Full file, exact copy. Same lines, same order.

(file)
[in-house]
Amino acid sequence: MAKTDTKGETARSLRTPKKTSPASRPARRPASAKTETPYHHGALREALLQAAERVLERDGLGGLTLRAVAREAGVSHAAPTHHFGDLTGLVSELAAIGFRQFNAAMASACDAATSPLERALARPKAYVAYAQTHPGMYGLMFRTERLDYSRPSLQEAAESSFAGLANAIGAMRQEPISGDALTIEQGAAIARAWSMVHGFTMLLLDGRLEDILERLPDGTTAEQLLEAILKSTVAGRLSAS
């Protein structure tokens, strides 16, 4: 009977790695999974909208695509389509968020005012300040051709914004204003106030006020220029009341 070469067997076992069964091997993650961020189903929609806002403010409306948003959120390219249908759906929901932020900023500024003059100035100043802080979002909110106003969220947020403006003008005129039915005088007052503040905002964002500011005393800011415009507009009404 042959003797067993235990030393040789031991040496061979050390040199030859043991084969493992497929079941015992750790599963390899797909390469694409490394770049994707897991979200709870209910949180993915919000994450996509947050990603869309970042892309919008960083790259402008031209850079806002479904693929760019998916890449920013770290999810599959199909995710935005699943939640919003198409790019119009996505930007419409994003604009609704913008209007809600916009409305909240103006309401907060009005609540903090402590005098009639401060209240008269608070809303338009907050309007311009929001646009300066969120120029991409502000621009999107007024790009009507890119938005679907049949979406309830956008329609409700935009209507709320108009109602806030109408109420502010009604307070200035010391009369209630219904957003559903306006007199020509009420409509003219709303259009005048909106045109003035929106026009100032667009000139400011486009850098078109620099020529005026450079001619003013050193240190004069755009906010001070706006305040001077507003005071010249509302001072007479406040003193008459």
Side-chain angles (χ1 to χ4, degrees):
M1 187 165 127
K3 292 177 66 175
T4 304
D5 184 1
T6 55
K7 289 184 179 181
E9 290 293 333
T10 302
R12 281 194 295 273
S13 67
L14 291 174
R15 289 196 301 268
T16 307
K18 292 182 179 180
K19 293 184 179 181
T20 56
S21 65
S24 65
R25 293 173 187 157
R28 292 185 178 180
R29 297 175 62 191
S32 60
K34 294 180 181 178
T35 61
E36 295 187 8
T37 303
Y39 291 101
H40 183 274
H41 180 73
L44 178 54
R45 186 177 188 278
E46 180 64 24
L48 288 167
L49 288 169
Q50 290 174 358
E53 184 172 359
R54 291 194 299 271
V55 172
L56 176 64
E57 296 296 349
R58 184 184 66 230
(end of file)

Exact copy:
[in-house]
Amino acid sequence: MAKTDTKGETARSLRTPKKTSPASRPARRPASAKTETPYHHGALREALLQAAERVLERDGLGGLTLRAVAREAGVSHAAPTHHFGDLTGLVSELAAIGFRQFNAAMASACDAATSPLERALARPKAYVAYAQTHPGMYGLMFRTERLDYSRPSLQEAAESSFAGLANAIGAMRQEPISGDALTIEQGAAIARAWSMVHGFTMLLLDGRLEDILERLPDGTTAEQLLEAILKSTVAGRLSAS
């Protein structure tokens, strides 16, 4: 009977790695999974909208695509389509968020005012300040051709914004204003106030006020220029009341 070469067997076992069964091997993650961020189903929609806002403010409306948003959120390219249908759906929901932020900023500024003059100035100043802080979002909110106003969220947020403006003008005129039915005088007052503040905002964002500011005393800011415009507009009404 042959003797067993235990030393040789031991040496061979050390040199030859043991084969493992497929079941015992750790599963390899797909390469694409490394770049994707897991979200709870209910949180993915919000994450996509947050990603869309970042892309919008960083790259402008031209850079806002479904693929760019998916890449920013770290999810599959199909995710935005699943939640919003198409790019119009996505930007419409994003604009609704913008209007809600916009409305909240103006309401907060009005609540903090402590005098009639401060209240008269608070809303338009907050309007311009929001646009300066969120120029991409502000621009999107007024790009009507890119938005679907049949979406309830956008329609409700935009209507709320108009109602806030109408109420502010009604307070200035010391009369209630219904957003559903306006007199020509009420409509003219709303259009005048909106045109003035929106026009100032667009000139400011486009850098078109620099020529005026450079001619003013050193240190004069755009906010001070706006305040001077507003005071010249509302001072007479406040003193008459």
Side-chain angles (χ1 to χ4, degrees):
M1 187 165 127
K3 292 177 66 175
T4 304
D5 184 1
T6 55
K7 289 184 179 181
E9 290 293 333
T10 302
R12 281 194 295 273
S13 67
L14 291 174
R15 289 196 301 268
T16 307
K18 292 182 179 180
K19 293 184 179 181
T20 56
S21 65
S24 65
R25 293 173 187 157
R28 292 185 178 180
R29 297 175 62 191
S32 60
K34 294 180 181 178
T35 61
E36 295 187 8
T37 303
Y39 291 101
H40 183 274
H41 180 73
L44 178 54
R45 186 177 188 278
E46 180 64 24
L48 288 167
L49 288 169
Q50 290 174 358
E53 184 172 359
R54 291 194 299 271
V55 172
L56 176 64
E57 296 296 349
R58 184 184 66 230